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Author ORCID Identifier



Open Access Dissertation

Document Type


Degree Name

Doctor of Philosophy (PhD)

Degree Program

Electrical and Computer Engineering

Year Degree Awarded


Month Degree Awarded


First Advisor

Hossein Pishro-Nik

Second Advisor

Dennis L. Goeckel

Third Advisor

Amir Houmansadr

Fourth Advisor

Marco F. Duarte

Subject Categories

Electrical and Computer Engineering | Systems and Communications


Modern applications significantly enhance the user experience by adapting to each user's individual condition and/or preferences. While this adaptation can greatly improve a user's experience or be essential for the application to work, the exposure of user data to the application presents a significant privacy threat to the users- even when the traces are anonymized (since the statistical matching of an anonymized trace to prior user behavior can identify a user and their habits). Because of the current and growing algorithmic and computational capabilities of adversaries, provable privacy guarantees as a function of the degree of anonymization and obfuscation of the traces are necessary. This dissertation focuses on deriving the theoretical bounds on the privacy of users in such a scenario. Here we derive the fundamental limits of user privacy when both anonymization and obfuscation-based protection mechanisms are applied to users' time series of data. We investigate the impact of such mechanisms on the trade-off between privacy protection and user utility. In the first part, the requirements on anonymization and obfuscation in the case that data traces are independent between users are obtained. However, the data traces of different users will be dependent in many applications, and an adversary can potentially exploit such. So in the next part, we consider the impact of dependency between user traces on their privacy. In order to do that, we demonstrate that the adversary can readily identify the association graph of the obfuscated and anonymized version of the data, revealing which user data traces are dependent, and then, we demonstrate that the adversary can use this association graph to break user privacy with significantly shorter traces than in the case of independent users. As a result, we show inter-user dependency degrades user privacy. We show that obfuscating data traces independently across users is often insufficient to remedy such leakage. Therefore, we discuss how users can improve privacy by employing joint obfuscation that removes the data dependency. Finally, we discuss how the remapping technique came to our help to improve user utility and how much remapping is leaking to the adversary when the adversary does not have the full prior information.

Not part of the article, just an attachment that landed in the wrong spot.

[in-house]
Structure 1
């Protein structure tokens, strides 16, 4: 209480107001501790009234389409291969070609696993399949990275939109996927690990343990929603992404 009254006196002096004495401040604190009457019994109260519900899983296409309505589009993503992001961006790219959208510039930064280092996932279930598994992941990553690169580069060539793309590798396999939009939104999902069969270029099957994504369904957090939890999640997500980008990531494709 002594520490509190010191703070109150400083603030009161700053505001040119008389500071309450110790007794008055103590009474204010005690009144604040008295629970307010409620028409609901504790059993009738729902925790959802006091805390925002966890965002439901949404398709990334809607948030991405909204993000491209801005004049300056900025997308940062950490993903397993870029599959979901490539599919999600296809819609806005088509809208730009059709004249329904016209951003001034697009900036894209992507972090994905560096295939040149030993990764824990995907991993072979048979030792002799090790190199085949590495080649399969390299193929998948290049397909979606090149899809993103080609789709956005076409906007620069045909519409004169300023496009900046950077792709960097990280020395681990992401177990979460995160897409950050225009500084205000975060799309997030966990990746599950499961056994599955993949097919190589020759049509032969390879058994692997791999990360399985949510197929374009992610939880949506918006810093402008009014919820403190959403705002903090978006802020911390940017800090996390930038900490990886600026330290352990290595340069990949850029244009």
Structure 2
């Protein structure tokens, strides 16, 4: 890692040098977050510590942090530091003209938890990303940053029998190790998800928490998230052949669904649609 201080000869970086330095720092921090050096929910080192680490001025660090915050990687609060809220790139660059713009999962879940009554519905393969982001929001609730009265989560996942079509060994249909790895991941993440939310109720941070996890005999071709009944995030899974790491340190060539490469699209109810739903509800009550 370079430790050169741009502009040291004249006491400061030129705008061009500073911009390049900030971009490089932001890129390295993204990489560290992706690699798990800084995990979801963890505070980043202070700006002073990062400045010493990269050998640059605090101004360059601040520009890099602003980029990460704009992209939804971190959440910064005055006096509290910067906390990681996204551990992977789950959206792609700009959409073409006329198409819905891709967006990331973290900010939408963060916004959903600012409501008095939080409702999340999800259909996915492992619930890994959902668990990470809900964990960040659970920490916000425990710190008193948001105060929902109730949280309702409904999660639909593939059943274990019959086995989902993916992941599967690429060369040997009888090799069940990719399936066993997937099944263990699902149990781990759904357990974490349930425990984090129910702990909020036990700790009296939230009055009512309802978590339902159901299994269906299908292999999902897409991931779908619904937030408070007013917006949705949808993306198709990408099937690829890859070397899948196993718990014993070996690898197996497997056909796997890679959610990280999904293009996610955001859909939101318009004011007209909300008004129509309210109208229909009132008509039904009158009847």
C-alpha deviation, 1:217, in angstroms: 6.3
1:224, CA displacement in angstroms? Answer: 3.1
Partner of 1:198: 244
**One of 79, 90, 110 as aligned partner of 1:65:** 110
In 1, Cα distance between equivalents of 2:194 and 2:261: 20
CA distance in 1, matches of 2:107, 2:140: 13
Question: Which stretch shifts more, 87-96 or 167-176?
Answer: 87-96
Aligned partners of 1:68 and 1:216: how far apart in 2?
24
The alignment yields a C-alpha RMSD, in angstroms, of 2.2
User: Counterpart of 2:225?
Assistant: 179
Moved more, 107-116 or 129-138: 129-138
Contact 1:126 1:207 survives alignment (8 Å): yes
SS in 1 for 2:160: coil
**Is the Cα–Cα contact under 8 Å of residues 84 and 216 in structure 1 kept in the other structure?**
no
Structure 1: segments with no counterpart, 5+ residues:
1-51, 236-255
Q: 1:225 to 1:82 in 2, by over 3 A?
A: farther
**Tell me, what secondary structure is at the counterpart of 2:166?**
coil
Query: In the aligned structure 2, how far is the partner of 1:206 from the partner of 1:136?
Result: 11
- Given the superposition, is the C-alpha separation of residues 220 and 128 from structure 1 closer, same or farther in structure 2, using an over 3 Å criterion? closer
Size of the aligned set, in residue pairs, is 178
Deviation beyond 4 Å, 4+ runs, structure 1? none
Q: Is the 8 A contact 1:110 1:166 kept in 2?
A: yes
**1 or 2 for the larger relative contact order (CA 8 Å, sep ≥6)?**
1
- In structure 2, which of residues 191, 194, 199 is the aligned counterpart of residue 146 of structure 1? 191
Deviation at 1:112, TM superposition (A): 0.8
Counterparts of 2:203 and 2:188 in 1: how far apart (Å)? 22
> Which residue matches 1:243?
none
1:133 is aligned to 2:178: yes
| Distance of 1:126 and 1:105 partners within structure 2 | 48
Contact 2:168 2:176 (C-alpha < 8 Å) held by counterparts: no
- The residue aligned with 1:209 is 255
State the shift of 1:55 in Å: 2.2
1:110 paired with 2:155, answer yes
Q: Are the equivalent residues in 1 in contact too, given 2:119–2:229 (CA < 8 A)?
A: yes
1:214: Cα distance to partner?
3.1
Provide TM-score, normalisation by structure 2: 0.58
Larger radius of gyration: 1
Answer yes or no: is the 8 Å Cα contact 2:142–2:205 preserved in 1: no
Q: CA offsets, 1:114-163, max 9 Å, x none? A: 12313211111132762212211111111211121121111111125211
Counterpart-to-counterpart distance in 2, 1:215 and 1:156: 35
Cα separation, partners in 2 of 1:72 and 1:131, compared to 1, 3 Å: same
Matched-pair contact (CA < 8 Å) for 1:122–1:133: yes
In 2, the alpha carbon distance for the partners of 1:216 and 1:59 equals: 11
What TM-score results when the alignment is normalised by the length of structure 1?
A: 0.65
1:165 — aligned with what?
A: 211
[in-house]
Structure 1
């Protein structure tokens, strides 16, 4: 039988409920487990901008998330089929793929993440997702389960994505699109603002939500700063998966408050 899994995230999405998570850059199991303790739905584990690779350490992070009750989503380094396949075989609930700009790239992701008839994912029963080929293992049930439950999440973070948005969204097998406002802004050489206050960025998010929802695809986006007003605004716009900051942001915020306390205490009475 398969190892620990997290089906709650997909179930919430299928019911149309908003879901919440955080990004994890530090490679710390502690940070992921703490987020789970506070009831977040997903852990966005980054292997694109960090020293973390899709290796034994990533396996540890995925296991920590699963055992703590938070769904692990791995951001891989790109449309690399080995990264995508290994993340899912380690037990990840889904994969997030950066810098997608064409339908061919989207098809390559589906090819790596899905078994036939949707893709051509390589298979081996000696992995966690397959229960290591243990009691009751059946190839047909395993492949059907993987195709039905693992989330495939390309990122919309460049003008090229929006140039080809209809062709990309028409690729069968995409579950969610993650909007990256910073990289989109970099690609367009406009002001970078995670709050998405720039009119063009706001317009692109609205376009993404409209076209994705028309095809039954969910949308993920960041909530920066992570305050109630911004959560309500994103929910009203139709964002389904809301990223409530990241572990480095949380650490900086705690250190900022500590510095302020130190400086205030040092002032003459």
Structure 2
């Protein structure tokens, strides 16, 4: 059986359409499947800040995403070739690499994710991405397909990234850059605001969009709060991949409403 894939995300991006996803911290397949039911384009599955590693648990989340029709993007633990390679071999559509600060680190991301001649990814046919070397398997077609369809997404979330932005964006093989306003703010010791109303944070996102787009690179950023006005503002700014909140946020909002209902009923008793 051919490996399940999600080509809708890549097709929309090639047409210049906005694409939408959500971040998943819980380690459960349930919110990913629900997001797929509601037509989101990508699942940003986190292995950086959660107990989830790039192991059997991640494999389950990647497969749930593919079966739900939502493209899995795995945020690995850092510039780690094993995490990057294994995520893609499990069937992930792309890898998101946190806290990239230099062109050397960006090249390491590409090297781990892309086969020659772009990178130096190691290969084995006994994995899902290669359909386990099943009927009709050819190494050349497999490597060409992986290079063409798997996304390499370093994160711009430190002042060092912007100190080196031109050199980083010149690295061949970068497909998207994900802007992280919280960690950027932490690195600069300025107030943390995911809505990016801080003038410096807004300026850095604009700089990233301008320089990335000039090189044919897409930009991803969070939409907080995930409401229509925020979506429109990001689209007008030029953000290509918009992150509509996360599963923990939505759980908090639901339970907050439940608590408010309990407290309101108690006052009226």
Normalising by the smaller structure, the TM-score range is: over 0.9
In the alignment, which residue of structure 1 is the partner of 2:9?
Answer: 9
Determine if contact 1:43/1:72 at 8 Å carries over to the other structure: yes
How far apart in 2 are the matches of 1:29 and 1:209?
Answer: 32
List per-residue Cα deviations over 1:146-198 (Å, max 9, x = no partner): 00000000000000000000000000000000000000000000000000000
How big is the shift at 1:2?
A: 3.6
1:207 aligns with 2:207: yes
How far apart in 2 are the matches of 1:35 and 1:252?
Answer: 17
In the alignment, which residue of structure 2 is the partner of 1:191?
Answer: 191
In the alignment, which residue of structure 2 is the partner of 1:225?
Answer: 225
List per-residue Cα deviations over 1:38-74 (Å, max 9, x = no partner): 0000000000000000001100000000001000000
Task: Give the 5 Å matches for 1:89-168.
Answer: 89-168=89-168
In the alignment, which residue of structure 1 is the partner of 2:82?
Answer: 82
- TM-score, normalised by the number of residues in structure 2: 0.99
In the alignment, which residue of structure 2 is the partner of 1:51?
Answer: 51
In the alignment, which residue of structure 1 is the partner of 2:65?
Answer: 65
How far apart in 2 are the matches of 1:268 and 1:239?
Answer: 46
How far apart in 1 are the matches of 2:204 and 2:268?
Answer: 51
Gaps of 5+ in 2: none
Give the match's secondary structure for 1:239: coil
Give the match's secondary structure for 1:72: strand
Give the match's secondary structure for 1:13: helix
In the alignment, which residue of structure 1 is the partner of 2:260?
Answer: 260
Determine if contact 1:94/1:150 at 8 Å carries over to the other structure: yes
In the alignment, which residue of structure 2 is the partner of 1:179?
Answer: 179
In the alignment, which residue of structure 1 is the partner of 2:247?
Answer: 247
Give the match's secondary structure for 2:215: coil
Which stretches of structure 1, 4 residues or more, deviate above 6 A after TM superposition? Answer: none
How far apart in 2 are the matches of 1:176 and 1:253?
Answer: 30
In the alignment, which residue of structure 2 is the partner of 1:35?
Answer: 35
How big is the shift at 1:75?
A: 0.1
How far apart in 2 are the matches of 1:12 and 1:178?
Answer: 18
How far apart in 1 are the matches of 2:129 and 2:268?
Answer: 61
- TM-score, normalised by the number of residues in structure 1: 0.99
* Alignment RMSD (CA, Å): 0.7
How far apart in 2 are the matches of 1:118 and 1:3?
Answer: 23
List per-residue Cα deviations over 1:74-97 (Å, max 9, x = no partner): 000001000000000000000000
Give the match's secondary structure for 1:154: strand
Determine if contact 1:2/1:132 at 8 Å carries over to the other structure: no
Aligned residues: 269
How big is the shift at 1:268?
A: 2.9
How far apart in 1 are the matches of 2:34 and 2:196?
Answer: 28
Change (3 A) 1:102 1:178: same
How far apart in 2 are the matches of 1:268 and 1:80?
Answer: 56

Creative Commons License

Creative Commons Attribution 4.0 License
This work is licensed under a Creative Commons Attribution 4.0 License.